It was immediately obvious this was going to be an experience that refused to submit to simple labelling.
Four performers, their bodies moving next to, around and on top of each other, were creating contorted, kinetic shapes on the floor in increasingly complicated combinations. We were absorbed from the start.
Tetris might be based on a vintage video game but it’s a low-tech, stripped back, pure movement performance that’s full of life and warmth, and it is often very funny.
Sometimes tricky and tough, at other times reminiscent of children’s rough and tumble play, the action on stage provoked responses ranging from “I could do that!” to “How did they do THAT?”
It’s no surprise Tetris won “Best Show” at Canada’s International Performing Arts for Youth awards in 2016. It certainly lives up to its description of being a performance “for the kids who can’t sit still, for the ones who like to climb the walls, for the ones that like seeing patterns and those who can imagine further than they can see”.
The work was choreographed by Erik Kaiel and originally created in collaboration with De Dansers in Utrecht in the Netherlands. Dutch company Arch8 now tours the work globally. Performing in public spaces as well as theatres, Arch8 specialises in creating shows that encourage audience participation.
While the title of the production serves as a starting point for thinking about this work, it’s not necessary to have any prior knowledge of the game. We had little more than a vague idea of the concept but that was no barrier. Tetris is also accessible to even the youngest audience members (DreamBIG advertises the show as being suitable for those aged five to 12, but it was just as appealing to the older children and adults in the room).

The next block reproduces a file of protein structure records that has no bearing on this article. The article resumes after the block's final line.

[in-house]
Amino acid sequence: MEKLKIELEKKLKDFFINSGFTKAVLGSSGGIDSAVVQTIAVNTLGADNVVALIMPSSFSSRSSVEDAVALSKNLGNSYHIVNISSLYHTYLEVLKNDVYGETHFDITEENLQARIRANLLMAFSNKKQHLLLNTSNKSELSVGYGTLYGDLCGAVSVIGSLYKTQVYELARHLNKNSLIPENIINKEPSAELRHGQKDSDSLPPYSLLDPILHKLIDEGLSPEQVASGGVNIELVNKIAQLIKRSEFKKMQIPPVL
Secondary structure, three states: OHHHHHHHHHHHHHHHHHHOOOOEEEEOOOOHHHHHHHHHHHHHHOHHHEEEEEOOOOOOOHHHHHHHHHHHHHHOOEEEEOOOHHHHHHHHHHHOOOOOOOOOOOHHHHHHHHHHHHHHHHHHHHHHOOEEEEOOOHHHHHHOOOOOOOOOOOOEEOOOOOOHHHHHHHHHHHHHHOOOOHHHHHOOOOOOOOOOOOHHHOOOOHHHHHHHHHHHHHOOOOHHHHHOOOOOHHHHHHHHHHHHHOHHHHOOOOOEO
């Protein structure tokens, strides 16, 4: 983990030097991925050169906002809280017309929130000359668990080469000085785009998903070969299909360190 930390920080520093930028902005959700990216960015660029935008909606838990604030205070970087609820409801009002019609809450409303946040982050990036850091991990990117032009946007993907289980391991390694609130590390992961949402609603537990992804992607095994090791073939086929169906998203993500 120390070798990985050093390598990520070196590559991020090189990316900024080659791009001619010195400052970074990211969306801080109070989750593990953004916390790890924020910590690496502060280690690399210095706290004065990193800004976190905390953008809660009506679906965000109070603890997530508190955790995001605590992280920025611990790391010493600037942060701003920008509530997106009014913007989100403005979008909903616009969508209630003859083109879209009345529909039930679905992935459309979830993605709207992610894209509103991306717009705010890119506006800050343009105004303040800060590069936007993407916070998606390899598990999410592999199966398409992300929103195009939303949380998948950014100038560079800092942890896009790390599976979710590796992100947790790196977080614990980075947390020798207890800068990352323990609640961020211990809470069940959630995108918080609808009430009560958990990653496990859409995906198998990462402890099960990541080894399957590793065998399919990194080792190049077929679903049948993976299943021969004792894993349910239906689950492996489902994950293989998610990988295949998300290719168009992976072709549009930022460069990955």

In a bare performance space, with the audience seated on two sides, four performers (occasionally using Rubik’s Cubes as props) move to an electronic soundtrack. They connect with each other in a series of complex physical constructions in a way that is free, open, curious and relaxed.
While coming together and moving apart, they develop a physical language to communicate with each other and us. There are questions posed by Tetris and these work on many levels. How do we fit together? How does what we do and how we do it influence those around us? There’s the joy of experimentation – an attitude of “have a go and see what happens”.
The barriers between those on stage and those of us watching are lowered from the start when door staff encourage us to take photos and sit as close to the performers as possible. My small friend was initially reluctant to sit near the front, and stated firmly that he wouldn’t be going onto the stage. When the opportunity finally arose, however, he sprung out of his seat with no hesitation.
There was a skilful build-up to this moment – the performers gave us multiple chances to engage with them as they moved in and out of the audience. It was exciting and enticing, and by the time we were gently invited to take part there was no trouble finding people to join the performers on stage.
Well, what was going on? Dance, but not just dance. Acrobatic prowess, but so much more than a mere gymnastics routine. Tetris is a gloriously inviting puzzle that pulled us in with its exploration of how we connect with the world around us.
Tetris was presented as part of the DreamBIG Children’s Festival. The Adelaide season at the Space Theatre has now finished. There are remaining regional dates in Mt Gambier (Sir Robert Helpmann Theatre, May 30) and Renmark (Chaffey Theatre, June 1).
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